Gasoline Supplies in U.S. Rise at Record Pace as Demand Falls

Here's Why $20 Oil Is No Mirage
  • Motor fuel inventories rise 19 million barrels in two weeks
  • Pump prices decline to lowest since 2009, weakening margins

Refineries are stocking gasoline at the fastest pace on record as weak U.S. demand reduces their profit margins.

Inventories of the fuel rose by 19 million barrels in the two weeks ended Jan. 8, the Energy Information Administration reported, the biggest increase for any two weeks since data started in 1990. Refinery margins dropped to a one-month low.

Demand for the fuel averaged 8.81 million barrels a day in the four weeks ended Jan. 8, the lowest level since March, according to the EIA. Meanwhile, refineries used 16.5 million barrels of crude and other liquids to produce fuels, the highest level for this time of the year in EIA data begun in 1989.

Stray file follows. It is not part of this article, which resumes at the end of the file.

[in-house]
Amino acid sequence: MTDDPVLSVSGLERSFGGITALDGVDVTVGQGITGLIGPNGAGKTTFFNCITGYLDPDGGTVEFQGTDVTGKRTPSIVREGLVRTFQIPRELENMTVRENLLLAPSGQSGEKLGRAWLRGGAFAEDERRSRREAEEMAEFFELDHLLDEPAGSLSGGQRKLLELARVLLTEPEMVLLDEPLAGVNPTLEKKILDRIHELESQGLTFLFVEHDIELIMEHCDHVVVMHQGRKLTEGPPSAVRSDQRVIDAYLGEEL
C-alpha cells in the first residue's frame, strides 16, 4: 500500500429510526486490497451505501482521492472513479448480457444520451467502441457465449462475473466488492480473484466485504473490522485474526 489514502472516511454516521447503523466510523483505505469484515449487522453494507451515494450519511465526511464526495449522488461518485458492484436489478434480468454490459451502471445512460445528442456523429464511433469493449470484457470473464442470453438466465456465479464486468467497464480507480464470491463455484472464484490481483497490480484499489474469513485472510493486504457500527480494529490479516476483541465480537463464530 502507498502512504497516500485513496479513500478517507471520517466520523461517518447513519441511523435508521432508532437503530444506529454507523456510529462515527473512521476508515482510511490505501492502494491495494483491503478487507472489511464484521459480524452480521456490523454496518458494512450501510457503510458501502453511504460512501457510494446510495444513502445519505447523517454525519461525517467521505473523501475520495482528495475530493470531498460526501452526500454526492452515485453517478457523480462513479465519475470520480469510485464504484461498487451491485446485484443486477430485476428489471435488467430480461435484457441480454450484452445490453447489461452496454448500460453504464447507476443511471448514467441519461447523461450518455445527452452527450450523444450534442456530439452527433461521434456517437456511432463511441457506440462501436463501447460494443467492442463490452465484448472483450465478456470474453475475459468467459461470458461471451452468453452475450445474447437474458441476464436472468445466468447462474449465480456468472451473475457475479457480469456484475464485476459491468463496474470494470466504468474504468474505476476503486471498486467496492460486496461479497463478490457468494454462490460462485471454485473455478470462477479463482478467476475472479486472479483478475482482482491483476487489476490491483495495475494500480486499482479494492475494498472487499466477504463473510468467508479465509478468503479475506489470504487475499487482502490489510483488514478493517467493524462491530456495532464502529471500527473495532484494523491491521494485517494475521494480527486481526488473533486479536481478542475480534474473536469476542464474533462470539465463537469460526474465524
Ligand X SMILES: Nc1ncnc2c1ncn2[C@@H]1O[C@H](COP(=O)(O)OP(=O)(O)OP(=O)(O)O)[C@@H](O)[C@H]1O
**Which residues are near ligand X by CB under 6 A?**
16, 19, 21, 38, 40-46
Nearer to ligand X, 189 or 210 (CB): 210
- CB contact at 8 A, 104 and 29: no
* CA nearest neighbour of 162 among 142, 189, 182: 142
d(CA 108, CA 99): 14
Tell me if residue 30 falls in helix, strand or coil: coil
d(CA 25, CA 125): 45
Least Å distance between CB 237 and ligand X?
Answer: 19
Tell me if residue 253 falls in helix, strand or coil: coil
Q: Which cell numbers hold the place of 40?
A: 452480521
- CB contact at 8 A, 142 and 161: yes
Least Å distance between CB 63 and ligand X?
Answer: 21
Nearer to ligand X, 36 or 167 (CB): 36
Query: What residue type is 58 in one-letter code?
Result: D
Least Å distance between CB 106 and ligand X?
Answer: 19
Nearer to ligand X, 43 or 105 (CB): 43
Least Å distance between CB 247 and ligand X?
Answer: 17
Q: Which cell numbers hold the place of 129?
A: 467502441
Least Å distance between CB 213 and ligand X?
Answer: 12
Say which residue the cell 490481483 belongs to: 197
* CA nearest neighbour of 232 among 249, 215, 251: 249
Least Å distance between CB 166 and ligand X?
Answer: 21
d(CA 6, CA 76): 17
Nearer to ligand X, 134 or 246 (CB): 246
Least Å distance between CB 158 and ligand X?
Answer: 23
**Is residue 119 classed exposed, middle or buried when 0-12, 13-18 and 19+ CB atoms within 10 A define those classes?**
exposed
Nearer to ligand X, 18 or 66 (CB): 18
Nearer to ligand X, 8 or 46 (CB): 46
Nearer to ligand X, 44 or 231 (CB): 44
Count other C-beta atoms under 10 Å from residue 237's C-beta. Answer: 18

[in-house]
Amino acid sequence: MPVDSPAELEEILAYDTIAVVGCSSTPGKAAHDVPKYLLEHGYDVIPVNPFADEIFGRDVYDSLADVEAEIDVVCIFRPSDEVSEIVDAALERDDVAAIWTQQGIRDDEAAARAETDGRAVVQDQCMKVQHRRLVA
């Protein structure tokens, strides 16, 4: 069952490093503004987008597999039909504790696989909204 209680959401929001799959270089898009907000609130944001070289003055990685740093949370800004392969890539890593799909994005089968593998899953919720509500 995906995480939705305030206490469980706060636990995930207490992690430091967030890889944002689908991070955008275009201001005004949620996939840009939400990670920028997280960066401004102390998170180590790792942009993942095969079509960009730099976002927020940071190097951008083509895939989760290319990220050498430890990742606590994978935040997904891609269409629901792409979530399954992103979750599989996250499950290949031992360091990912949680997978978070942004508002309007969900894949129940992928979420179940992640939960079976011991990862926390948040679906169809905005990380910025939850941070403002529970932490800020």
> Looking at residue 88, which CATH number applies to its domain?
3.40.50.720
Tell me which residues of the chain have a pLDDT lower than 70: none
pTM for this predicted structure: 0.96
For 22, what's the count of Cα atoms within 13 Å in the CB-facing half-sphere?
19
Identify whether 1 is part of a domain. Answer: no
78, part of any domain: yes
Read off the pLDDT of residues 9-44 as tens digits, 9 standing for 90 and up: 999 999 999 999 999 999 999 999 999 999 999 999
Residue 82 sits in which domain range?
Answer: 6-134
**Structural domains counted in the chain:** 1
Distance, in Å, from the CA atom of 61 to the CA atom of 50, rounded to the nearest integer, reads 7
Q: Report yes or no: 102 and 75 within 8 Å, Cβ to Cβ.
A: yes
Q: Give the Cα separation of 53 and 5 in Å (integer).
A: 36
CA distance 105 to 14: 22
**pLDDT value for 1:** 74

“Inventories can continue to grow,” said Andy Lipow, president of Lipow Oil Associates LLC, an energy consulting firm in Houston. “Gasoline demand is seasonally at the lowest level of the year. As we get to the end of February into March, demand will rise, and that will get inventories under control.”

Gasoline futures dropped 2.63 cents, or 2.4 percent, to $1.0585 a gallon on the New York Mercantile Exchange. They reached $1.0544, the lowest intraday level since February 2009. The crack spread, a rough measure of the profit from processing Brent oil into fuels, fell to $12.183 a barrel, heading for the lowest level since Dec. 15.

Regular gasoline at the pump averaged $1.946 a gallon nationwide yesterday, according to AAA. That’s also the lowest level since 2009.

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